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Image Credit: Dorothy L. Sayers, 1893-1957, writer and scholar, remembered for her mystery stories and her amateur detective, Lord Peter Wimsey
Society & Culture

The Theatrical Tradition of Dorothy Sayers

In 1941, bestselling novelist Dorothy L. Sayers (1893-1957) ignited a religious controversy that reverberated throughout England. Leading to discussion in Parliament, her BBC radio plays about Jesus were accused of being subversive and irreverent. Ironically, Sayers was motivated not by a defiance of tradition but by an intense desire to preserve it.

Sayers’ lifelong interest in theater prepared her for the nationwide scandal. The only child of an Oxford-educated clergyman who knew Oscar Wilde while at university, the young Dorothy seemed to assimilate the histrionics of Wilde more than the piety of her father. She loved participating in dramatic performances, both at home and at school: acting out full-costumed scenes from Dumas’ The Three Musketeers (1844) with her governess, taking on the role of Shylock for a boarding school production of The Merchant of Venice, and performing a parody of her beloved Oxford University Bach Choir Director for Somerville College’s going-down (commencement) play.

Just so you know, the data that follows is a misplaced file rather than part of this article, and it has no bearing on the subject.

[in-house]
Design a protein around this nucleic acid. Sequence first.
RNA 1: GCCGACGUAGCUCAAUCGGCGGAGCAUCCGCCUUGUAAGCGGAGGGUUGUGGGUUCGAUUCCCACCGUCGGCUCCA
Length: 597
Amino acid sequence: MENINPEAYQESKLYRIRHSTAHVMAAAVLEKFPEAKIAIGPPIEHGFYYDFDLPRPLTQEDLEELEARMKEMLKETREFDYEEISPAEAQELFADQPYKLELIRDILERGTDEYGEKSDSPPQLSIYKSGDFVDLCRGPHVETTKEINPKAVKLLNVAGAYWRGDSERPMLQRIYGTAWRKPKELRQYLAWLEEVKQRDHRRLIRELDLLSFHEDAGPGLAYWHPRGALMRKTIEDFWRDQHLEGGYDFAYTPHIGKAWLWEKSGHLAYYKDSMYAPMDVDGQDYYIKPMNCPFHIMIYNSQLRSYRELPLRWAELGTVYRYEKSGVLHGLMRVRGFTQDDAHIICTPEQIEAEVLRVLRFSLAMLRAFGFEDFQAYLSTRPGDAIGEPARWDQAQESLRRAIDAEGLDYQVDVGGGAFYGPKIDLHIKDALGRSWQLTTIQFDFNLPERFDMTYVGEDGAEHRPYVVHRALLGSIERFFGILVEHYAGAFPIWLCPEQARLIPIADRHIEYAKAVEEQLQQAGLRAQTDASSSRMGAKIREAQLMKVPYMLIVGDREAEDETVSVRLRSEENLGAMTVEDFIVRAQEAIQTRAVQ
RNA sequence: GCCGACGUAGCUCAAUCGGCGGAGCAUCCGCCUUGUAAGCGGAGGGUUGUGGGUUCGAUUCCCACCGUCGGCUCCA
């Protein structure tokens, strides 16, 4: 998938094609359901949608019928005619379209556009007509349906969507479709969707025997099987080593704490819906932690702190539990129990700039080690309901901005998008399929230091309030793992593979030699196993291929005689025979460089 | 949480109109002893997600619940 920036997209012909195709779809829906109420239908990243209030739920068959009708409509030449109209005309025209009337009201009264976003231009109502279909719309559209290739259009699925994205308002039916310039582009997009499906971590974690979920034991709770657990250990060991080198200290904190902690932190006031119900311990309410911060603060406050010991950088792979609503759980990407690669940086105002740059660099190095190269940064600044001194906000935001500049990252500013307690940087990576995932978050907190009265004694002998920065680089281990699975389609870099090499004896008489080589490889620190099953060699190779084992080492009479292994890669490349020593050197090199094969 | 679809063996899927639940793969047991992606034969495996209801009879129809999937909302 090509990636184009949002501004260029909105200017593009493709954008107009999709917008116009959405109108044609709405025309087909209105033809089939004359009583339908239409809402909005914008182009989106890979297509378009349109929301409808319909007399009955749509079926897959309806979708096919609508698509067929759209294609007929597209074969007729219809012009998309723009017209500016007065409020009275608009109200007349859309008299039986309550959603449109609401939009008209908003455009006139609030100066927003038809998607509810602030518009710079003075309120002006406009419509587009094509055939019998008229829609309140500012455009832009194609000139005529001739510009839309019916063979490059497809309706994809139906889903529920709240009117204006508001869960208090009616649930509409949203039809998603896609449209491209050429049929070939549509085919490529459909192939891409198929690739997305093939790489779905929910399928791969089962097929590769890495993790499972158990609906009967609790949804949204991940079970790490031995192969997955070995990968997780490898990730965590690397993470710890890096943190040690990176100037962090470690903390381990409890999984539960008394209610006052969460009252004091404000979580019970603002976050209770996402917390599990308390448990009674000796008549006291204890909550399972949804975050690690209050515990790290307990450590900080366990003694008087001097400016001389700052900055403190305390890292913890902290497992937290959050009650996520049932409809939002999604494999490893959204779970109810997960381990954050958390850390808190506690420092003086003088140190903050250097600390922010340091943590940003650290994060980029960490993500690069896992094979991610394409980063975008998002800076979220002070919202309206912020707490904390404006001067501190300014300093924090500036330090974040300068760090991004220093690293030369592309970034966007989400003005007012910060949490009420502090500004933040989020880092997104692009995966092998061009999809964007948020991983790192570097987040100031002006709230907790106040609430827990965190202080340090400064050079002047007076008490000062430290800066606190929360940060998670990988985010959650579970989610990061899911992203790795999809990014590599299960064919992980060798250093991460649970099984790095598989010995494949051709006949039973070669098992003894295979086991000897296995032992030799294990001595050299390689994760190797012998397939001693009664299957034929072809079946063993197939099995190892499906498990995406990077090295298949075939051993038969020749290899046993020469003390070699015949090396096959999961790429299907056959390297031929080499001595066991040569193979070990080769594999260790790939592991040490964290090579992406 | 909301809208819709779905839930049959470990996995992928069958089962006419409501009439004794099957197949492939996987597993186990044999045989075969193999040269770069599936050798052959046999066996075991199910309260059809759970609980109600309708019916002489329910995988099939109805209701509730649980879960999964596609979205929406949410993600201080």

After earning highest honors at Oxford, Sayers tried her hand at writing scenarios for silent cinema: a task that depended upon her sensitivity to theatric pantomime. When her screenplays failed to sell, she went into another field dependent upon drama: advertising. Credited with coining the phrase “it pays to advertise,” Sayers helped ignite two of the most effective advertising...

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